Saturday, August 27, 2011

And We're Back: Fall Writing Workshop Class Notes-- Session II

This week I've decided to post the class notes here at the blog. I do that sometimes. There's no method to my madness, except perhaps to give non-attendees a peek at our otherwise top secret, behind closed doors, weekly literary extravaganza. (And if you're reading this and you are one of those outsiders but would like to become an insider and join us, just email me at for details.)

So for Session II we covered lots of topics. I asked for thoughts about recurring themes in literature and movies. We touched on the biggies-- man vs. nature, man vs. self, redemption, etc. And I asked a question not unlike one I asked the first week-- what is your goal for your writing: fame, catharsis, legacy, revenge, etc?

Then it was time for Spike's NYT Clipping Service, the portion of the class where I whip out interesting articles I've read during the preceding week and share them in the hopes of inspiring you. I started off with In Defense of Secrecy an Op-Ed piece written by Julie Salamon published on 8/20/11 in the Sunday Review section. Salamon is the author of a just-released bio of Wendy Wasserstein, the playwright who won both a Tony and a Pulitzer for The Heidi Chronicles, and who died a very untimely death in 2006. Salamon writes about how Wasserstein simultaneously appeared to live her life out loud and in public while actually harboring many secrets. She uses this as a jumping off point to look at privacy vs. secrecy, and ties this into how these things have been influenced and changed thanks to the Internet. I was really taken by this piece as it fed my current appetite for contemplating how, increasingly, privacy is becoming the hottest commodity out there.

I also mentioned a review by Madge McKeithen for a memoir called I Wore the Ocean in the Shape of a Girl by Kelle Groom. I brought up this particular review because the following passage pertained to a question brought up in Week I (the question being something like, "How do you frame a memoir-- chronologically or what?")

Dynamic passages, often intentionally unhinged, tug against familiar expectations that paragraphs are units of cohesive thought. Groom’s essays move back and forth across time; “El Paso” begins with desert “weed and thistle,” springs ahead to Cape Cod and back to the author’s 4-year-old flower-­girl self before again leaping forward. Distinctions among dreams, memories, dates and places are rendered subordinate to the central character’s perception. Groom writes about herself without pretending and about others without blaming, delivering wide-eyed observations even in low-lit, murky places.

And since I'd accidentally brought in the Sunday Style section, I used that as yet another opportunity to point out that the weekly Modern Love essays that run in this section offer a great chance for folks who wish to submit essays. Mod Lov publishes work by people from all walks. I even had a piece in, way back in 2005. Here's a link to pages and pages and pages of Mod Love columns.

Next we talked about internal landscapes vs. the physical world and which is "preferable." Of course that's a matter of taste. I like both when I'm reading-- I love a good long look inside the heads of the characters (and I mentioned Ian McEwan is a master at this) and I also love rich descriptions of surroundings, objects, nature. In my own writing, I often totally lack the physical side-- so busy am I trying to capture what's happening in my head. I asked everyone to keep both in mind as we tackled the in-class assignment, which was to write about a meal. It could be a big meal, a small meal, a holiday meal, I didn't (don't) care. Just write about a meal-- maybe the actual food, maybe the people who partook in the food-- totally up to you.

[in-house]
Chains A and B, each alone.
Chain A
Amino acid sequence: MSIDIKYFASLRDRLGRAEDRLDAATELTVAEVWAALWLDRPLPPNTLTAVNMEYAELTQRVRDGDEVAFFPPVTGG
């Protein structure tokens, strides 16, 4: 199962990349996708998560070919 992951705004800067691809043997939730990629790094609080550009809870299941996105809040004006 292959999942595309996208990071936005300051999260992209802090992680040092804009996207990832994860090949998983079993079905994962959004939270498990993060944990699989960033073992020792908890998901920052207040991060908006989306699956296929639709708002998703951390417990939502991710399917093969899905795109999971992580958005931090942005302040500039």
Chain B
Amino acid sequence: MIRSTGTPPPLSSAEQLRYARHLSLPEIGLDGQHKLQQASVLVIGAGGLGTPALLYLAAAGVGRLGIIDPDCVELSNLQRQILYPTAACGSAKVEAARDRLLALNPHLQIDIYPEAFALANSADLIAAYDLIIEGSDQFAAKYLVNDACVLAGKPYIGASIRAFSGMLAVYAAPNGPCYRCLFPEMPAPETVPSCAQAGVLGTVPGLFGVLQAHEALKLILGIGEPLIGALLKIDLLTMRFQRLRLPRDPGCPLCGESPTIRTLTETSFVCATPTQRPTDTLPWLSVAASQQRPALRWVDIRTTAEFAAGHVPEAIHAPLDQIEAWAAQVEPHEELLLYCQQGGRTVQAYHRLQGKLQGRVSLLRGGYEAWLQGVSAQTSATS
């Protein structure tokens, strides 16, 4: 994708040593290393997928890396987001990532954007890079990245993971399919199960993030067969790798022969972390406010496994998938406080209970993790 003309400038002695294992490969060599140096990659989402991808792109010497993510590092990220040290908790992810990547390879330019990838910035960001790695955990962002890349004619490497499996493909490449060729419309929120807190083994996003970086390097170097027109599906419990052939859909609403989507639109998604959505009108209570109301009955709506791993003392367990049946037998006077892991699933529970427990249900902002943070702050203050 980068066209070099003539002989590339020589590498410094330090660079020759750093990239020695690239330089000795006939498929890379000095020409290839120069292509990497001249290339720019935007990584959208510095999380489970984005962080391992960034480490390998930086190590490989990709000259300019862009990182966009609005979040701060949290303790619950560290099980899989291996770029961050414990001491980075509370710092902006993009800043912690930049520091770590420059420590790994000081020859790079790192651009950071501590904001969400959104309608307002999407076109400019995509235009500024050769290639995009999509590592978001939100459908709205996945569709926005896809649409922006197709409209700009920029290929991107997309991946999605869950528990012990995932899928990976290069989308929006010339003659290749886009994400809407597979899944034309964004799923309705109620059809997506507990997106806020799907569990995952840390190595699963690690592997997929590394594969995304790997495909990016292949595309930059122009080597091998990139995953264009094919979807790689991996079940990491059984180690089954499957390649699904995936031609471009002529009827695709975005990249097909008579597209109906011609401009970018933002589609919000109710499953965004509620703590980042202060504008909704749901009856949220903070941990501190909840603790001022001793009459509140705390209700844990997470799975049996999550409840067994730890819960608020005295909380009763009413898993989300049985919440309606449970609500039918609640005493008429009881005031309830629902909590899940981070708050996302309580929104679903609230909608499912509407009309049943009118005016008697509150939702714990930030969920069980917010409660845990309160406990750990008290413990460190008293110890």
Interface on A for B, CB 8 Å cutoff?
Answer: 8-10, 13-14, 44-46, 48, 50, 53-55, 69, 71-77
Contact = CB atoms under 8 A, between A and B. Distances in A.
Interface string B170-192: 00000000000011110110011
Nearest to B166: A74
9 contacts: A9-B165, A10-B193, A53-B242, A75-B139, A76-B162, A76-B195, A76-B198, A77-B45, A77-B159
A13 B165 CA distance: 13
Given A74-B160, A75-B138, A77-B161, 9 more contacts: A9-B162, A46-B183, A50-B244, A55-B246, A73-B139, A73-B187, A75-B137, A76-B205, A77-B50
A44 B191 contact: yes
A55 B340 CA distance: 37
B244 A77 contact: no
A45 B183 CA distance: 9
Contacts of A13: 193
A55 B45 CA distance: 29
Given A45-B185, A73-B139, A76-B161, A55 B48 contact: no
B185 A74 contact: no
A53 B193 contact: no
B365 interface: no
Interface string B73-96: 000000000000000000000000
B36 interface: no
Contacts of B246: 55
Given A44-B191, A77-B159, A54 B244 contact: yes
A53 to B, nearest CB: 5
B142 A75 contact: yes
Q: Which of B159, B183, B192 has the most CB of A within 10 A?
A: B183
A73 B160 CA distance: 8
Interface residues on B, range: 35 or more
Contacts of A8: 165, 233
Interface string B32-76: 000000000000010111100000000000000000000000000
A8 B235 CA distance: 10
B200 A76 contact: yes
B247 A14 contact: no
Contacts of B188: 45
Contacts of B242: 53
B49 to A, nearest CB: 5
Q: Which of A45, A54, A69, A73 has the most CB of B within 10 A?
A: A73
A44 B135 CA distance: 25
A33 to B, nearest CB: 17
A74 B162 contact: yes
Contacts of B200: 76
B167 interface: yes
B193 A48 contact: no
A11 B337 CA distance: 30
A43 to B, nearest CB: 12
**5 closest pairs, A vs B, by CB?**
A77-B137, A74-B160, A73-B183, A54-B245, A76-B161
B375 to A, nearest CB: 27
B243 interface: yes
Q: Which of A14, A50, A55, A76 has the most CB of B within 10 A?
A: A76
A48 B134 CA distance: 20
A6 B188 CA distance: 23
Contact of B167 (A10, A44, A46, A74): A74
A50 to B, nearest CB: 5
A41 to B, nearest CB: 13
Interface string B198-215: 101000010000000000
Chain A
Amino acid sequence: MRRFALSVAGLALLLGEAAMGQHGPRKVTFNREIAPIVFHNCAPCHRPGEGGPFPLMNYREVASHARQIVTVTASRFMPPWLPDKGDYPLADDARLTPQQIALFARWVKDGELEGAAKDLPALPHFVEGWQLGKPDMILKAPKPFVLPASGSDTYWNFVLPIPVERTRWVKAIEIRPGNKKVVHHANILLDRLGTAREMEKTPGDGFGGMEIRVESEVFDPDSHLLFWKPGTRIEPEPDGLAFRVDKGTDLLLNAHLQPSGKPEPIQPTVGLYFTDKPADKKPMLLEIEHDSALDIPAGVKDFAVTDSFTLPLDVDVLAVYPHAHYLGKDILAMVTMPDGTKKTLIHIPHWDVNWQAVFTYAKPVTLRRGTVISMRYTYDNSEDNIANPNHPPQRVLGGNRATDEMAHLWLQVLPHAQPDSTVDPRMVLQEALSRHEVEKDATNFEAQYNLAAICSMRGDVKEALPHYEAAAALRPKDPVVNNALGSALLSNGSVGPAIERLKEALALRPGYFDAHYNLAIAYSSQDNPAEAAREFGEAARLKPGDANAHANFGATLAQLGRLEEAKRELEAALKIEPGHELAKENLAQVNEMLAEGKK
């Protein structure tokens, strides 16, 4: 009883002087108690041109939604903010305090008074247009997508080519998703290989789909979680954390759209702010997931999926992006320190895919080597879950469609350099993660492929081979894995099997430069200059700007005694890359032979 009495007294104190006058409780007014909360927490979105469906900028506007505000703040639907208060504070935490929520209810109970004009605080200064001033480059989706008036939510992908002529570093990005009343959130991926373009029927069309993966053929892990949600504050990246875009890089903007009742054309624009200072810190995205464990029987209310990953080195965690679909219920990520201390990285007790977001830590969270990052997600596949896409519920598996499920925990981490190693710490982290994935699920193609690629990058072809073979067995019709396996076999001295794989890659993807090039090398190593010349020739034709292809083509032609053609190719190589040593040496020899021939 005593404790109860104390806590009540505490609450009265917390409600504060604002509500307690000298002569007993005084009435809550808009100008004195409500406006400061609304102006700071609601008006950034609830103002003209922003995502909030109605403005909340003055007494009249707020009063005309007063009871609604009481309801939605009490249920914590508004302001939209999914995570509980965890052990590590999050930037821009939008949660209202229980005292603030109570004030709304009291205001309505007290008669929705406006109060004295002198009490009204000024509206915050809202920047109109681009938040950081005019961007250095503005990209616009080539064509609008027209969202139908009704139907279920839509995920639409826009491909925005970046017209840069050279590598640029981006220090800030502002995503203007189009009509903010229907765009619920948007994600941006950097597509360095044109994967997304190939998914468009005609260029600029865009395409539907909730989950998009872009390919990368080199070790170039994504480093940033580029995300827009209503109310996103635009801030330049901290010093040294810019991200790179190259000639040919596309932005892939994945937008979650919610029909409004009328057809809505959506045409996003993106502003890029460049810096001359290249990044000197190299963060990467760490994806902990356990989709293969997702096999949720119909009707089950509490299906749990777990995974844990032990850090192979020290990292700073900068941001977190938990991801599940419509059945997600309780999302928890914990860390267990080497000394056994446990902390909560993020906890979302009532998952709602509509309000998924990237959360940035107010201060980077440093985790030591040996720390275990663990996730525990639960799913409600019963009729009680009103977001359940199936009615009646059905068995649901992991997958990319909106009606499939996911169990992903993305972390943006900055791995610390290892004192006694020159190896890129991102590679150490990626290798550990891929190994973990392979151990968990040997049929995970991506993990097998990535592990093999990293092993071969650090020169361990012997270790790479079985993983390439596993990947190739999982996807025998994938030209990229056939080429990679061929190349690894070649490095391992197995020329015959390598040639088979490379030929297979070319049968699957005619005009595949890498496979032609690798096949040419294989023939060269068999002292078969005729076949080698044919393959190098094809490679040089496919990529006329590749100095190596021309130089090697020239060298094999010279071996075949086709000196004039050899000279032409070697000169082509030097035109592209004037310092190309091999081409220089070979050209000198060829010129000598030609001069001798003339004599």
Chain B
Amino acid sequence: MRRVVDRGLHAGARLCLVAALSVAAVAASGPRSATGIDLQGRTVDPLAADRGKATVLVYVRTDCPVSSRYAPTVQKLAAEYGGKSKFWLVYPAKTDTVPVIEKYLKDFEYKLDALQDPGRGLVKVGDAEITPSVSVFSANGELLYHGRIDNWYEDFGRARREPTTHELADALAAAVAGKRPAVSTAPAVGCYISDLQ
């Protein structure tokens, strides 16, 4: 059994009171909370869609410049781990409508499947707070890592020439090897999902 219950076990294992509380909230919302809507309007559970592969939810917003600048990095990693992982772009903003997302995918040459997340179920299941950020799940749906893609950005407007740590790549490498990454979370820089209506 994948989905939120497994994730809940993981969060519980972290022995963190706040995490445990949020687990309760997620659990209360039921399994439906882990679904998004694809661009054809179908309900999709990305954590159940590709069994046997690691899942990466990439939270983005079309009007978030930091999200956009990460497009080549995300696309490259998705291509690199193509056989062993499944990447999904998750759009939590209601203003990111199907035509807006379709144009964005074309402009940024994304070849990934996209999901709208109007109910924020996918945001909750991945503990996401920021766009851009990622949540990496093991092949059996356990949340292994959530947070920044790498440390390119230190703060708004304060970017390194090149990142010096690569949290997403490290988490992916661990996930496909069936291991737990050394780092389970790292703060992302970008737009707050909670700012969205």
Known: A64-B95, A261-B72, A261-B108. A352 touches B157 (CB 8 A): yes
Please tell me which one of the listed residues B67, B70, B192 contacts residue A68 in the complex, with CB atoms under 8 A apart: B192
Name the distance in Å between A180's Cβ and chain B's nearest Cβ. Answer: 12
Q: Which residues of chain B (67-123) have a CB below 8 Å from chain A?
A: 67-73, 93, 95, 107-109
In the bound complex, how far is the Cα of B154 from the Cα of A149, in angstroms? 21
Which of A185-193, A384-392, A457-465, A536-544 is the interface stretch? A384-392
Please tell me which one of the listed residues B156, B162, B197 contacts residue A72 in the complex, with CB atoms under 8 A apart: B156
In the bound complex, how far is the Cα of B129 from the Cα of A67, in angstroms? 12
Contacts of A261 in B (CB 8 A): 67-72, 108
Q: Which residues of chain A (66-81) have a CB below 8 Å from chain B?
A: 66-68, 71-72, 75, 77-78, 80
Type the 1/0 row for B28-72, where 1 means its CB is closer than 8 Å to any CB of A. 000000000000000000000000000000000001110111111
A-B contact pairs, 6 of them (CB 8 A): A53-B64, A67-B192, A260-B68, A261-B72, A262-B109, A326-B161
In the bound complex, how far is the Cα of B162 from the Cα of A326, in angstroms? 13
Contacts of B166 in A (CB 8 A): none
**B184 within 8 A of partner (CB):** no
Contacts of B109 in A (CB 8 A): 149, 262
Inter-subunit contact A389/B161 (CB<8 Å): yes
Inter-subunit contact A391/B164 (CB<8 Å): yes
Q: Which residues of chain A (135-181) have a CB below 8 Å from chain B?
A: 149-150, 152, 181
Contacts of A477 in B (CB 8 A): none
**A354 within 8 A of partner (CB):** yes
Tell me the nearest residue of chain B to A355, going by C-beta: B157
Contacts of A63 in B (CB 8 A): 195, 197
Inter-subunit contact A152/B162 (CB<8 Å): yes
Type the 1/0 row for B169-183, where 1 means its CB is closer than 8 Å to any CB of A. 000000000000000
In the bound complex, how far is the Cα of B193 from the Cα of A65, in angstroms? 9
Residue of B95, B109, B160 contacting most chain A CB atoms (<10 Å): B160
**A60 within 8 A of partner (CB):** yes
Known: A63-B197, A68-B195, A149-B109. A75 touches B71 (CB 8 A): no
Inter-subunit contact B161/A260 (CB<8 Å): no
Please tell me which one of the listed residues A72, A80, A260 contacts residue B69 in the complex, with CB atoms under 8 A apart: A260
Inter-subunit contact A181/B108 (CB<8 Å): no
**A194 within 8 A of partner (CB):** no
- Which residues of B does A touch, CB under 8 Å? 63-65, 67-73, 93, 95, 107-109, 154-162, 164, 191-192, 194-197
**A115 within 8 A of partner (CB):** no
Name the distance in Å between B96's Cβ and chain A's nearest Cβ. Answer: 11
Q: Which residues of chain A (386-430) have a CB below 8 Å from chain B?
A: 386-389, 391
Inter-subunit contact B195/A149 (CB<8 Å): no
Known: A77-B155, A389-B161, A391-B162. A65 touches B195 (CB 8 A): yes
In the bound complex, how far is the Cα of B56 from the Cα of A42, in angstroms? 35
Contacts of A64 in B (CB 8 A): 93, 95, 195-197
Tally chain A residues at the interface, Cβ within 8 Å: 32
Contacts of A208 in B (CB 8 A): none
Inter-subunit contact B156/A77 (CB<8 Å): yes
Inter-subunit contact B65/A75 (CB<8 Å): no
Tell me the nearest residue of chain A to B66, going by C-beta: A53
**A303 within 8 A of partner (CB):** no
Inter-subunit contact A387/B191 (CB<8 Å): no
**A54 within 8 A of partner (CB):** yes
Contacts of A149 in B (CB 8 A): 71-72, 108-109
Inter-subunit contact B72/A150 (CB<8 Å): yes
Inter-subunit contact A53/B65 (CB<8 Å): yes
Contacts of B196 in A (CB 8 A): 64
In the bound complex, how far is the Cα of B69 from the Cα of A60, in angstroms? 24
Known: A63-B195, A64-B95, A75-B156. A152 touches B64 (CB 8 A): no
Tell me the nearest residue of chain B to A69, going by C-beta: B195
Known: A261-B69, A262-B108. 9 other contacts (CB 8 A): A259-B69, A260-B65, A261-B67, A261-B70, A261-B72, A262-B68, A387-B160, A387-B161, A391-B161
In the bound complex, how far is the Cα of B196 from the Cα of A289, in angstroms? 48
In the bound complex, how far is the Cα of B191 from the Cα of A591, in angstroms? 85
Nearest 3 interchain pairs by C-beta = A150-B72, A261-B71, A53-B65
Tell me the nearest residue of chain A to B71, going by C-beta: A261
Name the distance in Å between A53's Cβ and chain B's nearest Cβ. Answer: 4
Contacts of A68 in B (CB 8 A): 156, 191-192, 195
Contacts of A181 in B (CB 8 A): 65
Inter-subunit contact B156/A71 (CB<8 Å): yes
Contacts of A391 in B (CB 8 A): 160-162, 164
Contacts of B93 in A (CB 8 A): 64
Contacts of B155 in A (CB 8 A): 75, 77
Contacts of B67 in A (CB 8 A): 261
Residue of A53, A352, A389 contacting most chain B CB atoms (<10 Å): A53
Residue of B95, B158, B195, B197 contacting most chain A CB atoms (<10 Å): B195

During sharing time I got some feedback from folks suggesting that these in-class 20 minute bursts are fun because you are forced, on the spot, to come up with something. I said that I, personally, would loathe such an assignment. But since everyone seems to like it, maybe I can get my hands on some old TAKS tests and we can play Standardized Test Prompts for Session III!! But seriously, folks-- we had, as ever, some really good sharing time.

For homework (always optional) I suggested that you write two short book reviews with the following constraints--
1. Pretend the book being reviewed is a book YOU wrote. Or, more to the point, THE book you most want to write. Pretend you've actually written it, and now it's being reviewed.

2. For the first review, take on the role of a reviewer who flat out hates the book, or just doesn't get it-- there's no resonance. Write up the review from that perspective.

3. For the second review, take on the role of a reviewer who couldn't love the book anymore, who totally gets it, whose only lament is that the book came to an end.

I mentioned that next week I will reveal the purpose of this exercise (there is one!) And I also mentioned that in real life I've had this experience-- watching as reviewers wrote passionately in both directions about my writing: how very much it sucks or, conversely, how utterly fab it is. Very interesting.

Okay, see y'all next Thursday.

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